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Shell Cordovan Pictures

post #1 of 14
Thread Starter 
As this has been brought up a few times in the past, I thought it might be interesting to post a pic of a Shell Cordovan shell from Horween to show the size.  It's beyond me how anyone can claim to make a one-piece belt out of Shell Cordovan...unless it's smaller than a 22.  Of course, there may be some difference from another hide that is being represented as Genuine Shell Cordovan, but here is a first-hand photo to consider.  Also, I looked at Ben Silvers website and they have there a quote to the effect of 'the shells are not large enough to make one piece belts, so they are always pieced'.  I thought I remember one of their books advertising 'one-piece shell cordovan belts', but I guess I was wrong... The size here, and this is pretty standard, is 24in. x 18in. This is Navy Blue Shell Cordovan from Horween, and is being made into a belt for a customer to match a pair of custom Shell Cordovan shoes from Martegani...
post #2 of 14
I dunno -- Ben Silver has both one piece and multiple piece cordovan belts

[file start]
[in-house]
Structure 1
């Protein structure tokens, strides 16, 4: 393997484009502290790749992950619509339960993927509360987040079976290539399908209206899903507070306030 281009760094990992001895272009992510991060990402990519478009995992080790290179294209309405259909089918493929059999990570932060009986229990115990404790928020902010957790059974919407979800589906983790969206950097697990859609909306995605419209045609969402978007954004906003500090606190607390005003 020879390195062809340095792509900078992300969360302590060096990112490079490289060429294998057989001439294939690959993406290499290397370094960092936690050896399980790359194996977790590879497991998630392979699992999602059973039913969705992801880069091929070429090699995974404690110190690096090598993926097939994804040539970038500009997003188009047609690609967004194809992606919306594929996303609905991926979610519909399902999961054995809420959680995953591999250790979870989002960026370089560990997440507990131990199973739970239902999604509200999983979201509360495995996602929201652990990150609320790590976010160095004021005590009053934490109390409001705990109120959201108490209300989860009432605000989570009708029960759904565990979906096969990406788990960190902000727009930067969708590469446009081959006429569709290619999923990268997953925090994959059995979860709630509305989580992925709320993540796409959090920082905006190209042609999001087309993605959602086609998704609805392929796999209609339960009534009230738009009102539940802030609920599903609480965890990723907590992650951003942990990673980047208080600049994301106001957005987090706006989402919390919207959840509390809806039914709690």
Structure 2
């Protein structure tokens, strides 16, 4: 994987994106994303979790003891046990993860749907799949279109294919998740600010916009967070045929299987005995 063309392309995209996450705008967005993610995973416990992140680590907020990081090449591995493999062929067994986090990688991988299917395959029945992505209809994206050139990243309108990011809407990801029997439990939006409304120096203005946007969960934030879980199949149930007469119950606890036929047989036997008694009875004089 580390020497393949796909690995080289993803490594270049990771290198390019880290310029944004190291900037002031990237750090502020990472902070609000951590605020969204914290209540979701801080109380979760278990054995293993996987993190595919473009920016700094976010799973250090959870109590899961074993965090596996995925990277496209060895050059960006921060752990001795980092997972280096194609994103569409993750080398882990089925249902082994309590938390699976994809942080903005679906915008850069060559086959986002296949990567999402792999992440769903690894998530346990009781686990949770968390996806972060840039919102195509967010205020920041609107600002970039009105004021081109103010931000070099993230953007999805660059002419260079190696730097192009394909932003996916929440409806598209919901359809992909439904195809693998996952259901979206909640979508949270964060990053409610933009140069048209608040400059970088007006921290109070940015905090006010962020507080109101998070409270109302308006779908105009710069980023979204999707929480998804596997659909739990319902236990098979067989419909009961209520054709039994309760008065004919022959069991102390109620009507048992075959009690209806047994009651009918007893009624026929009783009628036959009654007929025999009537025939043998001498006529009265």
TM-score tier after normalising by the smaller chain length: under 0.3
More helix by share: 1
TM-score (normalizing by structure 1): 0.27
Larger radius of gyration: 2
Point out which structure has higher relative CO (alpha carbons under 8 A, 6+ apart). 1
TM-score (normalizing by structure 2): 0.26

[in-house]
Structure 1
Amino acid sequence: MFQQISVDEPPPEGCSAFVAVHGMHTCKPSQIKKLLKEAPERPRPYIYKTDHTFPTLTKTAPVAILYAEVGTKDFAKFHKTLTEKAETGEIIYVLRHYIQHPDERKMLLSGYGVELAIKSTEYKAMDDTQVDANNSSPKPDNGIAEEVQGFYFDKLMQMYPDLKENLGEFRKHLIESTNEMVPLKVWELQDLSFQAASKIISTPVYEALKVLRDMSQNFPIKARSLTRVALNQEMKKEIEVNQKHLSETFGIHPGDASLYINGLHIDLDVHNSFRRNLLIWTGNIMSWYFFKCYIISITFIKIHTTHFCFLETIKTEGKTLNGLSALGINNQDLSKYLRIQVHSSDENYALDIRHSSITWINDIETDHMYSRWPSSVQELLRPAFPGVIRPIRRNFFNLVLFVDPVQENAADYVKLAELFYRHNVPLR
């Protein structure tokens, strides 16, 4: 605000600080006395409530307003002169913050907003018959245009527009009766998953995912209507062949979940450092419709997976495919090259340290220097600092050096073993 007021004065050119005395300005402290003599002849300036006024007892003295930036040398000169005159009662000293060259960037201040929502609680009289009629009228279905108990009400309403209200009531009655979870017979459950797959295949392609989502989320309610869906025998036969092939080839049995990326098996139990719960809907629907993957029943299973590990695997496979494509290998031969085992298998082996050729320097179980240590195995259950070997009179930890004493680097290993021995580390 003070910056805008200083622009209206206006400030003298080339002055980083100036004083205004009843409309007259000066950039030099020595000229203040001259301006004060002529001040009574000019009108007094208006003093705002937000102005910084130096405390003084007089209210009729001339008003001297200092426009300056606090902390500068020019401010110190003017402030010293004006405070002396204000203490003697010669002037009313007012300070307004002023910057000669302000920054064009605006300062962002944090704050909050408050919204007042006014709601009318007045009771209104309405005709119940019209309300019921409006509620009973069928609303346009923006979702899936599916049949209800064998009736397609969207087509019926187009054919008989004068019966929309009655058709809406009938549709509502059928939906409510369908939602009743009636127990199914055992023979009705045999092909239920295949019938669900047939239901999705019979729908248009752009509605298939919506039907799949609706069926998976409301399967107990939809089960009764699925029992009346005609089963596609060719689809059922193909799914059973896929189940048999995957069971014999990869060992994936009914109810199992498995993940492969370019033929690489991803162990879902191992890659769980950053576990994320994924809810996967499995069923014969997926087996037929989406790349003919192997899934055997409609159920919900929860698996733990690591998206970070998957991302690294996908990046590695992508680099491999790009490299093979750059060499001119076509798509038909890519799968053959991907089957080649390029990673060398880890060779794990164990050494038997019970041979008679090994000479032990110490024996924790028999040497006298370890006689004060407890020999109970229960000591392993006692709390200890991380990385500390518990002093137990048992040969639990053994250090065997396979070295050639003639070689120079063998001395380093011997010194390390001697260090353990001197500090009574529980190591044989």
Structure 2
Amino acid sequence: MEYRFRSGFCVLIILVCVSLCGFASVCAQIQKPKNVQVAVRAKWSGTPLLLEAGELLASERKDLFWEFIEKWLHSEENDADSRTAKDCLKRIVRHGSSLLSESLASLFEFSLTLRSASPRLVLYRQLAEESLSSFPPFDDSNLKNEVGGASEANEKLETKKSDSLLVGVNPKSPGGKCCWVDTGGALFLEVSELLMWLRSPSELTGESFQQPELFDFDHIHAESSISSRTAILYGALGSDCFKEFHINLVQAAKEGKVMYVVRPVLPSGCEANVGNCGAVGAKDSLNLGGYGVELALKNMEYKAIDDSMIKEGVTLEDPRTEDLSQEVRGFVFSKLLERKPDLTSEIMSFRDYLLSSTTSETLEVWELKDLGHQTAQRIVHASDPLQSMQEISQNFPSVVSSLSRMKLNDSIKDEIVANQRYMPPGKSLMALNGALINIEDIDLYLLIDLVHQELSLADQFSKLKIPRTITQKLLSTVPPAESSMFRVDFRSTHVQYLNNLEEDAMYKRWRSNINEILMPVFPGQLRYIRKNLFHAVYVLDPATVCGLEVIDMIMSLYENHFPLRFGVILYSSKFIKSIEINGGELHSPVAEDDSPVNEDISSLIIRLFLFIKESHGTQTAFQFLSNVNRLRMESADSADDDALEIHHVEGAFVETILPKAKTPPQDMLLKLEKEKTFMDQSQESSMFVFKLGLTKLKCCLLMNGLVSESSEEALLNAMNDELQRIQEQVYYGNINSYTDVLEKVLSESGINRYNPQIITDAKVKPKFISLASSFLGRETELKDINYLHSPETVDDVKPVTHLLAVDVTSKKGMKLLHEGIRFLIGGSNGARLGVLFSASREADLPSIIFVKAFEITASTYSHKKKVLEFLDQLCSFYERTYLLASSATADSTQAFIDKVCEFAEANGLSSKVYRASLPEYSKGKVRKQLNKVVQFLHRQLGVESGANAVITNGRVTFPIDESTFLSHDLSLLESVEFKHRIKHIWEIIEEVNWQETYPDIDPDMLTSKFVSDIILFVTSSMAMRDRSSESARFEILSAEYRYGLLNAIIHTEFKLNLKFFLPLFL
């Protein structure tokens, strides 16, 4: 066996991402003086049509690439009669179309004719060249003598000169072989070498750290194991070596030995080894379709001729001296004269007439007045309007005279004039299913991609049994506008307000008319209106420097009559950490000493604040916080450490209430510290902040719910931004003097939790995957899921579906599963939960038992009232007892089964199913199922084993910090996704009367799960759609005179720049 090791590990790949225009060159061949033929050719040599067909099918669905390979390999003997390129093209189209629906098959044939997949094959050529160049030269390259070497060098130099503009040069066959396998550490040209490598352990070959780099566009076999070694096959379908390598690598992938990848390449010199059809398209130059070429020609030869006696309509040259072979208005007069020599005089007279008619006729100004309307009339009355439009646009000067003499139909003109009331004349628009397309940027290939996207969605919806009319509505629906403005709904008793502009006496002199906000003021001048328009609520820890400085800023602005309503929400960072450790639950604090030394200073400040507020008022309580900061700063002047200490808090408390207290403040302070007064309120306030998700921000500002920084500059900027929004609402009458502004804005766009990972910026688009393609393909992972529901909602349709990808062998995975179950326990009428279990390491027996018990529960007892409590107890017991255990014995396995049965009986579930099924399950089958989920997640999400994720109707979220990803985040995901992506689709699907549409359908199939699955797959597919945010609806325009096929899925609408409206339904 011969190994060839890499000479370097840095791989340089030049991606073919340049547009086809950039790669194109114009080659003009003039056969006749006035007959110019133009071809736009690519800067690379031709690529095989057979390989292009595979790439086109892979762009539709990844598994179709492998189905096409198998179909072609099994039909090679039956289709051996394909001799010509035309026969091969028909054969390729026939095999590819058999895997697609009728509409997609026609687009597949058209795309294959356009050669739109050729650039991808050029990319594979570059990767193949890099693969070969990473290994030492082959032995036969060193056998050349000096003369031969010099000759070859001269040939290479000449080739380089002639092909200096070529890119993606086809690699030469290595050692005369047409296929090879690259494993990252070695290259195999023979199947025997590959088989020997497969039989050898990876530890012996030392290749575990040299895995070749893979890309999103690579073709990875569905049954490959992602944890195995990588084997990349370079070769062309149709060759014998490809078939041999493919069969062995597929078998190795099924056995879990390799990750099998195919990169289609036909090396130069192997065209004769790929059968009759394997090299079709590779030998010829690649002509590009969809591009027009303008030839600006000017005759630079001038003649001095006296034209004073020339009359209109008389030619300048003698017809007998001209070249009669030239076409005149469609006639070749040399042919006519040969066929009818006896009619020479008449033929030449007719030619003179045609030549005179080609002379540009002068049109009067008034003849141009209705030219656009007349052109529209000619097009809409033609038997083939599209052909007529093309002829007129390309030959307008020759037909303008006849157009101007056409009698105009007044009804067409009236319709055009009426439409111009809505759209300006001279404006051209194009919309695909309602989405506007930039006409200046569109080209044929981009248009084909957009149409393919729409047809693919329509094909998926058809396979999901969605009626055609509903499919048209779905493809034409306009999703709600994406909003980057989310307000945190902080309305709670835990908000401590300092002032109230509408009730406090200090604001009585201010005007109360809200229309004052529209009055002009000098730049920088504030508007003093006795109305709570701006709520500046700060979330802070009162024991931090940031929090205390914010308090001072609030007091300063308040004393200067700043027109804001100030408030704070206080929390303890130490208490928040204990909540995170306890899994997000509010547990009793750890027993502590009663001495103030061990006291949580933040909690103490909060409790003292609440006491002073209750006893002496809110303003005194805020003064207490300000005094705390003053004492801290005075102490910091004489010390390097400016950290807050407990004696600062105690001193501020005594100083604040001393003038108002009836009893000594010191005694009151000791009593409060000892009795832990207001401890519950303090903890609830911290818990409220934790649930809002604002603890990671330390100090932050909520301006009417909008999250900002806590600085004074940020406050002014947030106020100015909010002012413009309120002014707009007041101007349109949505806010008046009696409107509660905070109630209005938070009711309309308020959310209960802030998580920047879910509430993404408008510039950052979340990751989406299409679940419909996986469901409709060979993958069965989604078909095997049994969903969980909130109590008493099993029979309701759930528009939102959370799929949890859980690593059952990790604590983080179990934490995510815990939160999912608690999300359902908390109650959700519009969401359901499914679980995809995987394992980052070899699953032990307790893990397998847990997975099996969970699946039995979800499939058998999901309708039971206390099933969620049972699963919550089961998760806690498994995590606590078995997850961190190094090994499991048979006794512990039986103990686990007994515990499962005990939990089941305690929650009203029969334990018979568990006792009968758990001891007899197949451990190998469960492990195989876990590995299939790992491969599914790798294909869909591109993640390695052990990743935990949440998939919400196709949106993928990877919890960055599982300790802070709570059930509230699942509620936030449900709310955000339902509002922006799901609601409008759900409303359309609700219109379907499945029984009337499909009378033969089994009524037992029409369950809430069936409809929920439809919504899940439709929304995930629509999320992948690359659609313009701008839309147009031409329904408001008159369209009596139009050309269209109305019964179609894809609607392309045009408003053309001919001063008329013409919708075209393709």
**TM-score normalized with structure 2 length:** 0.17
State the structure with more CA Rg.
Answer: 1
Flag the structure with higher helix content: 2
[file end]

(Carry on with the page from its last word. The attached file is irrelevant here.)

post #3 of 14
My question is this: if there is a horse large enough to supply the shell for a one-piece belt, would you want to wrassle with it? I think I'd just leave the damned beast alone until it died of hugeness.
post #4 of 14
There is definitely some kind of joke to be made regarding the cordovan ligament (??) coming from a horse's ass... ...but I'm too much of a gentleman (and not funny enough) to make it.
post #5 of 14
What is the natural color of cordovan?
post #6 of 14
Tanned cordovan looks like so: The School of Veterinary Medicine at Kitasato University, Aomori, Japan has done extensive work on the dermis of horses. A paper they produced in 1995 is summarized thus:
Quote:
We have observed and re-evaluated the histology of the skin of the horse, using samples from four Thoroughbreds. The skin was composed of the usual three components: epidermis, dermis and subcutis. In particular, the dermis was found to have three fibrous components: a papillary layer, a reticular layer and a cordovan-leather tissue layer. The cordovan-leather tissue layer was subdivided into a superficial main layer and a deeper accessory layer. The superficial main layer was thick, and present in all of the skin samples. The deeper accessory layer was found in the dorsal and dorso-lateral parts of the neck and trunk and in the extremities. Hair bulbs and sudoriferous glands did not extend into the cordovan-leather tissue layer and subcutis.
The cordovan shells used to create shoes are what they refer to as the superficial main layer of the cordovan-leather tissue layer of the dermis. Ta Daa.
post #7 of 14
Quote:
I thought I remember one of their books advertising 'one-piece shell cordovan belts', but I guess I was wrong...
I distinctly remember that as well. I don't see how it possibly could have been true. Nice color.
post #8 of 14
Thread Starter